A theme that ran throughout the meeting was the need for patients,  clinicians and researchers to share data in order to accelerate our understanding of disease and develop better diagnostic, detection, prevention, and therapeutic strategies.

Flatley emphasized that Illumina builds and supports strategies for genomic data sharing.  Randy Scott echoed this sentiment when he mentioned the “Free the Data” movement” a grass roots effort to create a database of BRCA variants that can be shared by the scientific and medical communities. “Genes should be free and not patented,” according to Scott.

Marty Tenenbaum, himself a cancer survivor, summed it up nicely “Cancer is a great equalizer, most of us will confront it at close range at some point in our lives and when you do, you will want access to collective knowledge.”

The Citizen Scientists – Friends or Foe?

Gregor Johann Mendel, the founder of genetics

Gregor Johann Mendel, the founder of genetics (Photo credit: Wikipedia)

I just saw a post on facebook  from my friends over at Biocurious who wrote

“Over on Twitter we just had someone claim that they knew of the Citizen Science movement and that it is “naive & demeaning to prof. #science & #medicine”. Thankfully, Patrik D, one of our resident professional scientists set the record straight right quick. Got us to thinking though. What are some of your best arguments for the importance, and legitimacy, of Citizen Science?”

I thought I would write a quick post on a few reasons why I believe Citizen Science is an important and legitmate movement in the advancement of science.

  1. Citizen science is enabling the Democratization of Science – anyone can participate in Science to me this means that there are many fresh eyes and new perspectives being added to scientific problems.  There have been many examples where a non “scientist” has solved a scientific problem.   One such example is the Godfather of Genetics, Gregor Mendel – a monk with no formal scientific training and yet his observations lead to the basic understanding of genetic inheritance.
  2. The cross-pollination of science with new knowledge from other individuals from other industries can fuel innovation and create tools which advance scientific discovery. The fields of engineering and computing have both played significant roles in advancing biology and have fueled the creation of an entire industry now known as biotechnology.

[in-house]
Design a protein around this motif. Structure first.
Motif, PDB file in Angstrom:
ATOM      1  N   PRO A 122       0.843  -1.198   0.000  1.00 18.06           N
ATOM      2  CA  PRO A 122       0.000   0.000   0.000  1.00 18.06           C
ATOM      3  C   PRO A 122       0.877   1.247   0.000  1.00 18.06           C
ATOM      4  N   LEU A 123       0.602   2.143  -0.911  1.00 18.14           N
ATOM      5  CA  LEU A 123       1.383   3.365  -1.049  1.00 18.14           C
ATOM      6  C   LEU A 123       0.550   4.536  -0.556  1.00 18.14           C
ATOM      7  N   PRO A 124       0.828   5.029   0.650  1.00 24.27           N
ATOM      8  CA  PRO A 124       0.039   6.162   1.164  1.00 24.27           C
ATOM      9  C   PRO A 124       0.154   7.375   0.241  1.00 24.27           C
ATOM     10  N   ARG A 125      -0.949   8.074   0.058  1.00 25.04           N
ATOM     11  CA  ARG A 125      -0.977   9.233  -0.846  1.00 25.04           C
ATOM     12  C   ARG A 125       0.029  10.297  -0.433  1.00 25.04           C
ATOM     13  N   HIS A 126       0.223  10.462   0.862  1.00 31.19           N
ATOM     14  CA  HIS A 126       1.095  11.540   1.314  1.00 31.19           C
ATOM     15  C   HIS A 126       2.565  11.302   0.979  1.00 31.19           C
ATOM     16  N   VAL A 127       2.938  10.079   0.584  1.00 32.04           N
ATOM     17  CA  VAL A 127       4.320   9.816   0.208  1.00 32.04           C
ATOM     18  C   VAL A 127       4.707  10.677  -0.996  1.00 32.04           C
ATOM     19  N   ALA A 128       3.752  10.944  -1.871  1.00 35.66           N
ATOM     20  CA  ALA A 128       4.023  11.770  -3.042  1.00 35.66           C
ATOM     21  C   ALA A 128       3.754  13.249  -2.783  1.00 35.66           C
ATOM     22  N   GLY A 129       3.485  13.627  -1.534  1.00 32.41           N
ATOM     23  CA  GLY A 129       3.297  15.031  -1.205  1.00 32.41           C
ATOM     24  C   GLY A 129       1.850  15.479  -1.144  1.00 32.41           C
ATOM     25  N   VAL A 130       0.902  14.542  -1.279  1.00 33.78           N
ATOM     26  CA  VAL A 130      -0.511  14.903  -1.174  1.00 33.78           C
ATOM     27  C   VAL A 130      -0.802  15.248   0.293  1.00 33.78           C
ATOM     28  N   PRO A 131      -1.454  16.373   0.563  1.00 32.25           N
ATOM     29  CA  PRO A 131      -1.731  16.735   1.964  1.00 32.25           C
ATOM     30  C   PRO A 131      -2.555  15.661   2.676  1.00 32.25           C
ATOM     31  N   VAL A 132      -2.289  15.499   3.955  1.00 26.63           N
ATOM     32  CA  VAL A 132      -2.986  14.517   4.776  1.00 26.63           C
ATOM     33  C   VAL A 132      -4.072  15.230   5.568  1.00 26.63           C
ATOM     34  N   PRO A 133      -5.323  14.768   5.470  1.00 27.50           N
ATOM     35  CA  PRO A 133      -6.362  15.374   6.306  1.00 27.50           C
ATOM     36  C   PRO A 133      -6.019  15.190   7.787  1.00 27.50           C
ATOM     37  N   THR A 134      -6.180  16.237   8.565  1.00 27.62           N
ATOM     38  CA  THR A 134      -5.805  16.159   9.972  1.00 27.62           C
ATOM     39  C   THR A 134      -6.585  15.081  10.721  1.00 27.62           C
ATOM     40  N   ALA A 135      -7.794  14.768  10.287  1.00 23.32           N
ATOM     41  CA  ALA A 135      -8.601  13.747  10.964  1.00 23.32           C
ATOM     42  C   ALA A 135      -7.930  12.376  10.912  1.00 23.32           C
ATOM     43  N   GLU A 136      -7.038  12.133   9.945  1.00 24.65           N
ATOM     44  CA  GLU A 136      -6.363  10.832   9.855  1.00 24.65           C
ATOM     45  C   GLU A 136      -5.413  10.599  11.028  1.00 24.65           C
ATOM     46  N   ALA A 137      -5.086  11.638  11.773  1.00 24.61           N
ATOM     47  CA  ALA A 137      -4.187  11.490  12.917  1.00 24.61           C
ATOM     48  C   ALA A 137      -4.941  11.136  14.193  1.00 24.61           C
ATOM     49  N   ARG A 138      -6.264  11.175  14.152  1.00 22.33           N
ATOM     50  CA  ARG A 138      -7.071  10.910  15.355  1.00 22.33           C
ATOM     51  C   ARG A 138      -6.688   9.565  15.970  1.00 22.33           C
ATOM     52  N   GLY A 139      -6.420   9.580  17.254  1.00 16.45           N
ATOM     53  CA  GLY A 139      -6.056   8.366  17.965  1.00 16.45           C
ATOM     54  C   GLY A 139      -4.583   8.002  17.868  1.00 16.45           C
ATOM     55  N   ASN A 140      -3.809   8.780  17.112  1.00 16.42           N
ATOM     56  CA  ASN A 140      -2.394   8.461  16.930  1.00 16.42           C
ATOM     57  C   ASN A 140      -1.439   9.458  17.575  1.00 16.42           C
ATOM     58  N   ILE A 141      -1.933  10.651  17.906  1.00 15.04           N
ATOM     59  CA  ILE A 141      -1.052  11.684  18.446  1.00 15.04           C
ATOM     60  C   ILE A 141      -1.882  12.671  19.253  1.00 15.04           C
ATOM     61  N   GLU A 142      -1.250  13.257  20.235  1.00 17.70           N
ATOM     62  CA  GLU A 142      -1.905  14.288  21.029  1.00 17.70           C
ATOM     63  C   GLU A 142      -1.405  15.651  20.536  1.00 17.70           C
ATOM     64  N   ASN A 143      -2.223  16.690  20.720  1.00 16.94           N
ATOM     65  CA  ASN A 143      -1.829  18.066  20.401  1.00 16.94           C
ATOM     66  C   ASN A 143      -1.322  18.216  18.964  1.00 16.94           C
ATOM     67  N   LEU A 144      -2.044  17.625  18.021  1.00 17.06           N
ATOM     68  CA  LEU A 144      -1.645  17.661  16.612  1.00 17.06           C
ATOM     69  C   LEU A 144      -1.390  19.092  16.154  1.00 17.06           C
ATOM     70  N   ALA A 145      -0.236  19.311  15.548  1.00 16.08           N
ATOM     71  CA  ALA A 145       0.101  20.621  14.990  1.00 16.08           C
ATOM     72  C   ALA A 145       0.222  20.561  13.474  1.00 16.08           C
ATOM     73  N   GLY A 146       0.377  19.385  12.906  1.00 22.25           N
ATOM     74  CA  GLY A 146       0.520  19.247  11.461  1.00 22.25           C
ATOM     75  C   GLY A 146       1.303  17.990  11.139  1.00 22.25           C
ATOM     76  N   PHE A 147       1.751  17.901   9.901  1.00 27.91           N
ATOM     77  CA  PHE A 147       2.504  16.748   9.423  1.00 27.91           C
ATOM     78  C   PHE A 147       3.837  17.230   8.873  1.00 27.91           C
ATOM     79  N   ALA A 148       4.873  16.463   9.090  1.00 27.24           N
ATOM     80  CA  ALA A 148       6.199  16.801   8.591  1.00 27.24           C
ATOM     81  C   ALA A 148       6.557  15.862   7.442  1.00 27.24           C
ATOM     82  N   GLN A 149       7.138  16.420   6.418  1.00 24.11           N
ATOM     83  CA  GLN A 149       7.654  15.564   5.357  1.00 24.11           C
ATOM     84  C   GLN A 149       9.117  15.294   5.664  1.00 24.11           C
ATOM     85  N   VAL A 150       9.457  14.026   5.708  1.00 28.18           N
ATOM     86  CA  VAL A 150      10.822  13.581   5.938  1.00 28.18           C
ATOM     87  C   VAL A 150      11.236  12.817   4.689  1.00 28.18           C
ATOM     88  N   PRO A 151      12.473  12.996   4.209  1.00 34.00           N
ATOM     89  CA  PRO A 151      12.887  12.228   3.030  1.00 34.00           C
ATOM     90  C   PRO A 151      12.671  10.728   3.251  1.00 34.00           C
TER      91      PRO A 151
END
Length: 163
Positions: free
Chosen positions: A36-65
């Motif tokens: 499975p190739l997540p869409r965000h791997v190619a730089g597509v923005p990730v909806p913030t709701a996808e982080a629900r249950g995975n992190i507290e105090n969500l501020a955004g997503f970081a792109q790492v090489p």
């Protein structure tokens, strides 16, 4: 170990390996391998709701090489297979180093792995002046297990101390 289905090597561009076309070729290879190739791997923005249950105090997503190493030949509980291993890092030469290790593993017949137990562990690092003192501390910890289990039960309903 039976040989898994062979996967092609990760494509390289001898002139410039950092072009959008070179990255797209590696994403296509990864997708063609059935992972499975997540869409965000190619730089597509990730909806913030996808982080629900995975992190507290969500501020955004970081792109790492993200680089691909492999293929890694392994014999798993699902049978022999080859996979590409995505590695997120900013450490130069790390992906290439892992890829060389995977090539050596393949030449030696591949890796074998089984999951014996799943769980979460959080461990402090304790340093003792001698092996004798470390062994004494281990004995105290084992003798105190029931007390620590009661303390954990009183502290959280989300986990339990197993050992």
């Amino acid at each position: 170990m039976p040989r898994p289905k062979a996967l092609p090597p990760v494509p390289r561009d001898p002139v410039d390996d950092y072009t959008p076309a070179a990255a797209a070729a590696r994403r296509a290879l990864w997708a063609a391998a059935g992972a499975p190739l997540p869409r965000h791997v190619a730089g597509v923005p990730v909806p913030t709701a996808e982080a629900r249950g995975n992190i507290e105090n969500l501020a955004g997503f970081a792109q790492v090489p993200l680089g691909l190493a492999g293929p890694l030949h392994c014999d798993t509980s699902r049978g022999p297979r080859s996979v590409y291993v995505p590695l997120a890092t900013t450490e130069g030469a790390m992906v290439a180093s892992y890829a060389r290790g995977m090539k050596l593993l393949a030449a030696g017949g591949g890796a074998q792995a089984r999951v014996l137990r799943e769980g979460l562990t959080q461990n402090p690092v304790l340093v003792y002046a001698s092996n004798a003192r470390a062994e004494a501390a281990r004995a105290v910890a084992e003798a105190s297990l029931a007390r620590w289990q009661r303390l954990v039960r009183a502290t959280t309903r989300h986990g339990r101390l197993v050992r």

3. When it comes to human disease research, funding is often biased to the most common diseases which afflict the most people.  There are many many rarer diseases that don’t necessarily receive the funding or attention of the scientific community – these are all an opportunity to be seized by citizen scientists – particularly when a disease  afflicts  them or a member of their family
  4.  Whether we like to admit it or not, sometimes science today has an agenda.  Whether a project is funded by a pharmaceutical company or another big industry company (Gas, Plastics, or Cosmetics for example) may influence what actually gets published or publicized depending on how detrimental the findings are to the funders business.  Citizen science is an opportunity  to  see some new unbiased  discovery with no agenda
  5. How can generating widespread public interest in science be a bad thing?  We need to lower the barriers to science and make it easier and more accessible to everyone.  Science is often perceived as difficult, elitist and male dominated – many younger women in their late high school years are turned off science because of these perceptions – this citizen science movement can potentially dispel these negative connotations and inspire many more brilliant young people and women in particular to consider careers in science.

What Can Genomics Do For Your Health and Wellness Today?